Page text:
Today, October 10, 2007, is the 50th anniversary of the publication of the novel Atlas Shrugged by Ayn Rand. As I write this on October 9, 2007, the book is ranked 237 at Amazon. That is phenomenal for a 1,200-page novel that contains philosophical speeches, one of which stretches to 90 uninterrupted pages. The book has sold over six million copies. In one survey from 16 years ago, Atlas Shrugged was ranked second only to the Bible as the book that influenced people most.
My Ayn Rand craze was in the late seventies when I was a professor of Biblical Studies at Bethel College. I read most of what she wrote both fiction and non-fiction. I was attracted and repulsed. I admired and cried. I was blown away with powerful statements of what I believed, and angered that she shut herself up in what Jonathan Edwards called the infinite provincialism of atheism. Her brand of hedonism was so close to my Christian Hedonism and yet so far—like a satellite that comes close to the gravitational pull of truth and then flings off into the darkness of outer space.
She was born in St. Petersburg, Russia, in 1905, graduated with a degree in history from the University of Leningrad in 1924, and emigrated to the United States in 1926. “I am an American by choice and conviction,” she wrote, “I was born in Europe, but I came to America because this was the country based on my moral premises and the only country where I could be fully free to write.” She died on March 6, 1982.
She abominated altruism. All self-sacrifice is evil because
Sacrifice is the surrender of a greater value for the sake of a lesser one or of non-value. Thus altruism gauges a man’s virtue by the degree to which he surrenders, renounces or betrays his values (since help to a stranger or an enemy is regarded as more virtuous, less ‘selfish’ than help to those one loves). The rational principle of conduct is the exact opposite: always act in accordance with the hierarchy of your values and never sacrifice a greater value to a lesser one.
Sentences like these made me want to scream. No. No. No. Altruism (treating someone better than he deserves) does not have to involve “betraying your values” or “sacrificing a greater value to a lesser one.” In other words, I agreed with her that we should never sacrifice a greater value to a lesser one. But I disagreed that mercy (returning good for evil) always involved doing that.
Ayn Rand had no place for mercy, whereas Christianity has mercy at its heart. And the reason for the difference is that God was simply missing in Ayn Rand’s universe. Since there was no God from whom she had received everything undeserved, and since there was no God who promised to reward every act that showed his supreme worth, she could only conceive of sacrifice as the immoral suicide of one’s own values.
What Ayn Rand meant by altruism is indeed ugly and can be seen best in the words of Lillian Rearden to her husband in Atlas Shrugged. Here is the essence of the evil of altruism, as Rand saw it:
If you tell a beautiful woman that she is beautiful, what have you given her? It’s no more than a fact and it costs you nothing. But if you tell an ugly woman that she is beautiful you offer her the great homage of corrupting the concept of beauty. To love a woman for her virtues is meaningless. She’s earned it, it’s a payment, not a gift. But to love her for her vices is to defile all virtue for her sake—and that is a real tribute of love, because you sacrifice your conscience, your reason, your integrity and your invaluable self-esteem.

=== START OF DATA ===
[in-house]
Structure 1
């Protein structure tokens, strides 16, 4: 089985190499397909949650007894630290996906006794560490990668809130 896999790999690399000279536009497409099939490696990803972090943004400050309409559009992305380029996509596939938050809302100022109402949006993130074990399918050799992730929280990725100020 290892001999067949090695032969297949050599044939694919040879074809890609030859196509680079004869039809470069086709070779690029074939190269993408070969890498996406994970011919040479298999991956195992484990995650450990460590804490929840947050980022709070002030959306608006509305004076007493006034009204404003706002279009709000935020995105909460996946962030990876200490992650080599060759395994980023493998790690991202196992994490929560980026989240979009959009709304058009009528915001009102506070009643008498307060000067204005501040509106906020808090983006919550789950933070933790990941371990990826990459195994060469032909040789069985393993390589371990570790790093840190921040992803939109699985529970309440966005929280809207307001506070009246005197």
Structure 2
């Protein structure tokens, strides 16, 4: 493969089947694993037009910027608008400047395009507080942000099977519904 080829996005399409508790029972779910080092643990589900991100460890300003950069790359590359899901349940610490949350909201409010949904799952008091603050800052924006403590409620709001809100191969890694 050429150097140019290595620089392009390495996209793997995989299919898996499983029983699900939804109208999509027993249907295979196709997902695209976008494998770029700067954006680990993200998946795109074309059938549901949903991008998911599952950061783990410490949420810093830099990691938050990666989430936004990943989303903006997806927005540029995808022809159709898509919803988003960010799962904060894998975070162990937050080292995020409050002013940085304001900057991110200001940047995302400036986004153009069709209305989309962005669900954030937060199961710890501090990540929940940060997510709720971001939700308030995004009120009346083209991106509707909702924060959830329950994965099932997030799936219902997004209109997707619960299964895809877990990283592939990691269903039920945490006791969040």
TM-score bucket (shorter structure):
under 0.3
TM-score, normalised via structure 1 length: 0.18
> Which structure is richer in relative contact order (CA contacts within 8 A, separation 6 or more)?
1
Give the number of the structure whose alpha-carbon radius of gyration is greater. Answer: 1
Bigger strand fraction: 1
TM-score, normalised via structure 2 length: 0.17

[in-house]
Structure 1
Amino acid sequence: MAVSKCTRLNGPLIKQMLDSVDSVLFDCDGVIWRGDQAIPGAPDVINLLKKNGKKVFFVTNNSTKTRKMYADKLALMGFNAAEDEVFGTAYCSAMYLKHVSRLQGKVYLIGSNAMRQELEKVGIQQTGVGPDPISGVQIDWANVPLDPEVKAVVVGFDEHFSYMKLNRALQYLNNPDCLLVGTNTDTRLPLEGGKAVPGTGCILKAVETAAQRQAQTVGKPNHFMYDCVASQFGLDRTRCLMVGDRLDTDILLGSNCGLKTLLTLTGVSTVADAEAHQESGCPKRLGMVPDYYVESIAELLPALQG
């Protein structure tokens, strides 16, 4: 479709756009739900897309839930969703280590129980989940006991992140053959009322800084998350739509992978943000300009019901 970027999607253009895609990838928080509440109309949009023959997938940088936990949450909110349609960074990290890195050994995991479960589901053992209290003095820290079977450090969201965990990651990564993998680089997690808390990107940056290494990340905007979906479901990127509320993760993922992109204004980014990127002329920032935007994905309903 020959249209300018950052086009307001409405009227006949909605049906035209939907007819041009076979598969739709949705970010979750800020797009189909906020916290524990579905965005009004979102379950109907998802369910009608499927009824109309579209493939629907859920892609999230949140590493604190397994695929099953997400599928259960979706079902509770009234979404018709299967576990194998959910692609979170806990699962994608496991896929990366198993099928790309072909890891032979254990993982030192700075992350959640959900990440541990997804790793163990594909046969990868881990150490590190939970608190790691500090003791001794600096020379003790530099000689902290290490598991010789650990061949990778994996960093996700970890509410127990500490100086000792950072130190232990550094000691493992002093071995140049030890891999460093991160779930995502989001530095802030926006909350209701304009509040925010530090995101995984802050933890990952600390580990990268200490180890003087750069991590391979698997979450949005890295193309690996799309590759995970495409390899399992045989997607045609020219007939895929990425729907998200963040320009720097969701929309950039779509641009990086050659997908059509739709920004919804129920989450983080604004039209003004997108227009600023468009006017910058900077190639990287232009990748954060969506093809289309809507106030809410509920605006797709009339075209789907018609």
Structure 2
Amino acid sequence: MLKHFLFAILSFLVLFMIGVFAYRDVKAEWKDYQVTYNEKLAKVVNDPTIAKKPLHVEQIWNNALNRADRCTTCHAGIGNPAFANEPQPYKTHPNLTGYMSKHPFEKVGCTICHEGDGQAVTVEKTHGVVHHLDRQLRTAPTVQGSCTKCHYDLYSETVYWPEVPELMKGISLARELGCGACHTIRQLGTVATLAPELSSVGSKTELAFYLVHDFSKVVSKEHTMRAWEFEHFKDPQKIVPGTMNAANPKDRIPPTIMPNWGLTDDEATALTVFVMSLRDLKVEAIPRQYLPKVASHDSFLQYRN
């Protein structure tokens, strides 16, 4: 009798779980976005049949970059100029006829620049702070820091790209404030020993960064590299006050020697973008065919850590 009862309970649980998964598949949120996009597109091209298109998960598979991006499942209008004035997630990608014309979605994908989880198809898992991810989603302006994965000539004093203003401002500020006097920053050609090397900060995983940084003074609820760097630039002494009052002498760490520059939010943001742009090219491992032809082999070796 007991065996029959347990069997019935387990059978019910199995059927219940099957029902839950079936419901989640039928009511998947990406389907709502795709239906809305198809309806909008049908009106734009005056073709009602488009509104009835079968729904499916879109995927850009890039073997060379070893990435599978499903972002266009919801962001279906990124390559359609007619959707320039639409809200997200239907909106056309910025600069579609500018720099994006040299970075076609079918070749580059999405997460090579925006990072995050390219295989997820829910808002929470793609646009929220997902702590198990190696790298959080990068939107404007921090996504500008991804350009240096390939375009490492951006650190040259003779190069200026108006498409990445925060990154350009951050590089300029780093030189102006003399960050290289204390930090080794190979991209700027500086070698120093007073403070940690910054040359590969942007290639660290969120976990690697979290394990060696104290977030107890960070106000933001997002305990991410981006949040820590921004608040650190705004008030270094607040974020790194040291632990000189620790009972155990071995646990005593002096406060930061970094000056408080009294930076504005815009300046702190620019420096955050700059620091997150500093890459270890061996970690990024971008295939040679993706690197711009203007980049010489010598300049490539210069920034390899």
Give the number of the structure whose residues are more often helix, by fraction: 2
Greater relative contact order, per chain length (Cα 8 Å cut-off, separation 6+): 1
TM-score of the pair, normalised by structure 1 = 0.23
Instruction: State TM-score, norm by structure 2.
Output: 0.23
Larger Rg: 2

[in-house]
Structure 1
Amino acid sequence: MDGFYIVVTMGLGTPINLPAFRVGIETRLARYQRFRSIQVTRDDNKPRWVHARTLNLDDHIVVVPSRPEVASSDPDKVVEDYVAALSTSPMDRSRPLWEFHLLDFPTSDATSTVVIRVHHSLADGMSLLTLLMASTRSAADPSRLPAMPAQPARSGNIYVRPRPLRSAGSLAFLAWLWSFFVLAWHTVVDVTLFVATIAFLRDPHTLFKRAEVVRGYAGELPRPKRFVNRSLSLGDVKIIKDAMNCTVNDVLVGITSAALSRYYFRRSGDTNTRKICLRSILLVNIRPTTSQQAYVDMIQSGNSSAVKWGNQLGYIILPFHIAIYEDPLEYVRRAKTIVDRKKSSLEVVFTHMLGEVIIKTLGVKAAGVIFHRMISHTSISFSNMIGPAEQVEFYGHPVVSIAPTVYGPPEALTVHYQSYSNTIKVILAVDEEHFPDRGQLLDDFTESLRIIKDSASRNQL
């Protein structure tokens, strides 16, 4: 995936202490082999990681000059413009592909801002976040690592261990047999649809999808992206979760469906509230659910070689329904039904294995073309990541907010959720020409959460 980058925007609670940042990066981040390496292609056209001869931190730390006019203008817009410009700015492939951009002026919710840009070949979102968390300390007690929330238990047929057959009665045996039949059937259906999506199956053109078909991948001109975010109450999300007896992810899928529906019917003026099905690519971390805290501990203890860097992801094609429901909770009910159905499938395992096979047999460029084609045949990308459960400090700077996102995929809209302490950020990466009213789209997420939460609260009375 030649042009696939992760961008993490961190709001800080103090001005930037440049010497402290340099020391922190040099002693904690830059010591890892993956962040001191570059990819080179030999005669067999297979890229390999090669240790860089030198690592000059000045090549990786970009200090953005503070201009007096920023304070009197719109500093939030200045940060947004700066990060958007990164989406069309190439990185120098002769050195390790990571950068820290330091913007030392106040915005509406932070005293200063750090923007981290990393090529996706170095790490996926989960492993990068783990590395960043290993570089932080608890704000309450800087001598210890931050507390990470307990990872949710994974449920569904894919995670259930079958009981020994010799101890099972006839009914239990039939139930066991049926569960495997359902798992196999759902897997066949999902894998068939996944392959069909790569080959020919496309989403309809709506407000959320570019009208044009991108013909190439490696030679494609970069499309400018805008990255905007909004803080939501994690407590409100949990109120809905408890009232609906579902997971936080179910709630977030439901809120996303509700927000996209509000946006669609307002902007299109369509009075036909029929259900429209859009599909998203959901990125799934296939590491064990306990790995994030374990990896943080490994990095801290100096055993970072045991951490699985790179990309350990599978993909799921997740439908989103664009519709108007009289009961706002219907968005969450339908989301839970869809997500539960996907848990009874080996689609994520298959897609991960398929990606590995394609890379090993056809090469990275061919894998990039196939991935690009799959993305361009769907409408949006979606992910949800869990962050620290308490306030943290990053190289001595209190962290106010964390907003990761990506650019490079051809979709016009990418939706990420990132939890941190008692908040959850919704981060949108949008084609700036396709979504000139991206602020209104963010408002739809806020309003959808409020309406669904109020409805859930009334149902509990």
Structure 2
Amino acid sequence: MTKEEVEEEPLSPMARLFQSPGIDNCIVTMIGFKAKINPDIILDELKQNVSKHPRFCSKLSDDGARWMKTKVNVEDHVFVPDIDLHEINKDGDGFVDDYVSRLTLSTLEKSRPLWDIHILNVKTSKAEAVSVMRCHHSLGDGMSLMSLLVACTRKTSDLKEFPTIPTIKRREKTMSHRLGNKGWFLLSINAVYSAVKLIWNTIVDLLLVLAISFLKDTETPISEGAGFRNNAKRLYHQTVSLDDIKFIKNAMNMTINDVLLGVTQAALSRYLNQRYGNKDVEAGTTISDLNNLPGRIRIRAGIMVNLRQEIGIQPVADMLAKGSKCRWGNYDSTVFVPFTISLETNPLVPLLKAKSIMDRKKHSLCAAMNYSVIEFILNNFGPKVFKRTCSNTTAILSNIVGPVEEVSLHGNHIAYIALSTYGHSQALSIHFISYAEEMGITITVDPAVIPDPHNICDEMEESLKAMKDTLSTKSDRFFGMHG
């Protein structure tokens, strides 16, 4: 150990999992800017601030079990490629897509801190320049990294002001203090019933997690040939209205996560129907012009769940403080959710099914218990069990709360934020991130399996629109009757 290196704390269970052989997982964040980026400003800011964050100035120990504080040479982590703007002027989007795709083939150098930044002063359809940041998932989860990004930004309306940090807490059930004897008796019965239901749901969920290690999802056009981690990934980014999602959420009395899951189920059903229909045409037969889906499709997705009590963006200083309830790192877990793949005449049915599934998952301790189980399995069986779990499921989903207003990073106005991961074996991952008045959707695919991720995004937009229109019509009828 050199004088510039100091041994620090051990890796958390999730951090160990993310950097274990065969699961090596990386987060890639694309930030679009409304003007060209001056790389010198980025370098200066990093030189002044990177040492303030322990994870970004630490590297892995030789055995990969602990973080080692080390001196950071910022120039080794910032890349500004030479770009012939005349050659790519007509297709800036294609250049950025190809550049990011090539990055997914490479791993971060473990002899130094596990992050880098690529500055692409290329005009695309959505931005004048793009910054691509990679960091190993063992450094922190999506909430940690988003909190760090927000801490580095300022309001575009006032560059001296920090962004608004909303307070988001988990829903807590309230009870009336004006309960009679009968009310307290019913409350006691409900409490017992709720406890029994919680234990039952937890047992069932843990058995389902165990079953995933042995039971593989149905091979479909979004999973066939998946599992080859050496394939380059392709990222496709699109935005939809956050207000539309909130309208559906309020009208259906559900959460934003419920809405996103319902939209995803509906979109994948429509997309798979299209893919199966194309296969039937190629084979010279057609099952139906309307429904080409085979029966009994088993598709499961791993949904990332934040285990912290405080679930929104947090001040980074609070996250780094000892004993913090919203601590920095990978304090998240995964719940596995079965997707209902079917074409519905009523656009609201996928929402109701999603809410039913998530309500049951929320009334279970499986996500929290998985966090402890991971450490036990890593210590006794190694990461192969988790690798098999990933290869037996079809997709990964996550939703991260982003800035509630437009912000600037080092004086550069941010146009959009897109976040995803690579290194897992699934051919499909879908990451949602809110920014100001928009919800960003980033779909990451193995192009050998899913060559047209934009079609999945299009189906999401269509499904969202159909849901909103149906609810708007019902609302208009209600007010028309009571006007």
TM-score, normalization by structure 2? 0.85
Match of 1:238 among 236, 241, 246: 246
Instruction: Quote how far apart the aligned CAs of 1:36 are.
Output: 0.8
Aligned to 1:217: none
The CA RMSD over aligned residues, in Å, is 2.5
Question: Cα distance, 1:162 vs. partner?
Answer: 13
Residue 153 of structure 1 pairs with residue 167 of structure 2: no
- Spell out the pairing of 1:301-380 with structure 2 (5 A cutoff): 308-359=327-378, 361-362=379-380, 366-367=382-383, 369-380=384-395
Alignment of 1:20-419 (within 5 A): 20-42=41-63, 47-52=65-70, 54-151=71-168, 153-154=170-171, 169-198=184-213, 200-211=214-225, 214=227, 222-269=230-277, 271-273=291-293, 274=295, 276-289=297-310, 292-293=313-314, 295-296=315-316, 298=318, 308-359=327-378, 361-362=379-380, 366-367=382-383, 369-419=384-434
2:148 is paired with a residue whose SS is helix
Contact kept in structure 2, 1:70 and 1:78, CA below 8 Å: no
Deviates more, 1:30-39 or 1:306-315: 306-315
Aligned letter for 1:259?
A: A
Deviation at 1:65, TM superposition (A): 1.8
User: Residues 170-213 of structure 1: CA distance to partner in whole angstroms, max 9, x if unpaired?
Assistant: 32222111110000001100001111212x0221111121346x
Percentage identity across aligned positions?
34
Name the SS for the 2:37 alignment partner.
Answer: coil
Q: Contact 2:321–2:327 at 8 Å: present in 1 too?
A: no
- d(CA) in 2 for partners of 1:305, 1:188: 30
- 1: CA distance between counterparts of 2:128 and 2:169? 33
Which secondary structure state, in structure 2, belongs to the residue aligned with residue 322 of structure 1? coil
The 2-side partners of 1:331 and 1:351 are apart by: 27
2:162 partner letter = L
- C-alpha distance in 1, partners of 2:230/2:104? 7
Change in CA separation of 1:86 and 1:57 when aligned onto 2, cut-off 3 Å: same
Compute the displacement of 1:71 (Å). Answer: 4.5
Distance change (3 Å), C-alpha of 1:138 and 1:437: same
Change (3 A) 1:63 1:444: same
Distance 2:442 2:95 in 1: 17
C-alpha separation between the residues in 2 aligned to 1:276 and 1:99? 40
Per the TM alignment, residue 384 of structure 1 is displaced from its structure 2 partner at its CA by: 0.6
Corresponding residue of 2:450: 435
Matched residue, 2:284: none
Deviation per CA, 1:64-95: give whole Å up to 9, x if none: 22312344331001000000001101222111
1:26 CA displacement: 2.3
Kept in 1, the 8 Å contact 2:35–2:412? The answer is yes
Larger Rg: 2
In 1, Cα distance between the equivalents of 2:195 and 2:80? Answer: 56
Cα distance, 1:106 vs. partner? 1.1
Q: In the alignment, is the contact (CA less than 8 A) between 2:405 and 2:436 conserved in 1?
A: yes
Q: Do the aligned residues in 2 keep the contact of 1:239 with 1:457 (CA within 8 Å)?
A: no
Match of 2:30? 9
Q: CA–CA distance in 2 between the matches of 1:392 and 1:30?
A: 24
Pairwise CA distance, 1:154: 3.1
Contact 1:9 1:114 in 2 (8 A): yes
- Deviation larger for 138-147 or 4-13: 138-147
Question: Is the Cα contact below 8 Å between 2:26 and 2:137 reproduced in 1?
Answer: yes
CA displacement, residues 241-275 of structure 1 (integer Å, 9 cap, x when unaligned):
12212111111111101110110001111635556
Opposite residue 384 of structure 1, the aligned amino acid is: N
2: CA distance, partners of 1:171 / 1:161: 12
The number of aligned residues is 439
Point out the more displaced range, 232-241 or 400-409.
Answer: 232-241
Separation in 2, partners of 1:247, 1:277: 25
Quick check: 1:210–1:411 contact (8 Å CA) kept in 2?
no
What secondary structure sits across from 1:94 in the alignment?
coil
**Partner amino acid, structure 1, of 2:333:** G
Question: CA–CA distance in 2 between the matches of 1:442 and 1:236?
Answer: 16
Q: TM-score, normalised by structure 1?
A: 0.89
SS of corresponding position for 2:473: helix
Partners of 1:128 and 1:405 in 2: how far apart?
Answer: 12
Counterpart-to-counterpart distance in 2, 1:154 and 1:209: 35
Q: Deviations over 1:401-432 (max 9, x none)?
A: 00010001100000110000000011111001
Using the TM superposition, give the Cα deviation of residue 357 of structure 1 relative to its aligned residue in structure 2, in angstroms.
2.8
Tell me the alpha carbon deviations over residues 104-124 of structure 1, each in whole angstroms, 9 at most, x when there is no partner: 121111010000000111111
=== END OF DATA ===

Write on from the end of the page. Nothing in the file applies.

Since Ayn Rand had no place for a sovereign, all-sufficient God who cannot be traded with, she did not reckon with any righteous form of mercy. It is indeed evil to love a person “for their vices.” But mercy in the Christian sense is not “because of” vices, but “in spite of” vices. It is not intended to reward evil, but to reveal the bounty of God who cannot be traded with, but only freely admired and enjoyed. It aims not to corrupt or compromise integrity, but to transform the values of the enemy into the values of Christ. While it may mean the sacrifice of some temporal pleasures, it is never the sacrifice of greater values to lesser ones. It is the sacrifice of lower values to higher ones.
Therefore, Ayn Rand’s philosophy did not need to be entirely scrapped. Rather, it needed to take all of reality into account, including the infinite God. No detail of her philosophy would have been left untouched.
I have written a much longer form of this critique which you may read at the Desiring God site. I sent her a copy of this longer essay in 1979 three years before she died. I don’t know if she received it. I tried to commend Christ to her as the final correction and consummation of her life’s work.
This anniversary is not a time to celebrate her philosophy. That would be like celebrating a blind person’s exquisite ability to identify things by touch and then use the truth he finds to curse the idea of light. Instead, let the day be a reminder that there are pointers to Christ in every philosophy. And let us pray that we not be like the one-year-old who, when daddy points at the flower, looks at his daddy’s finger instead.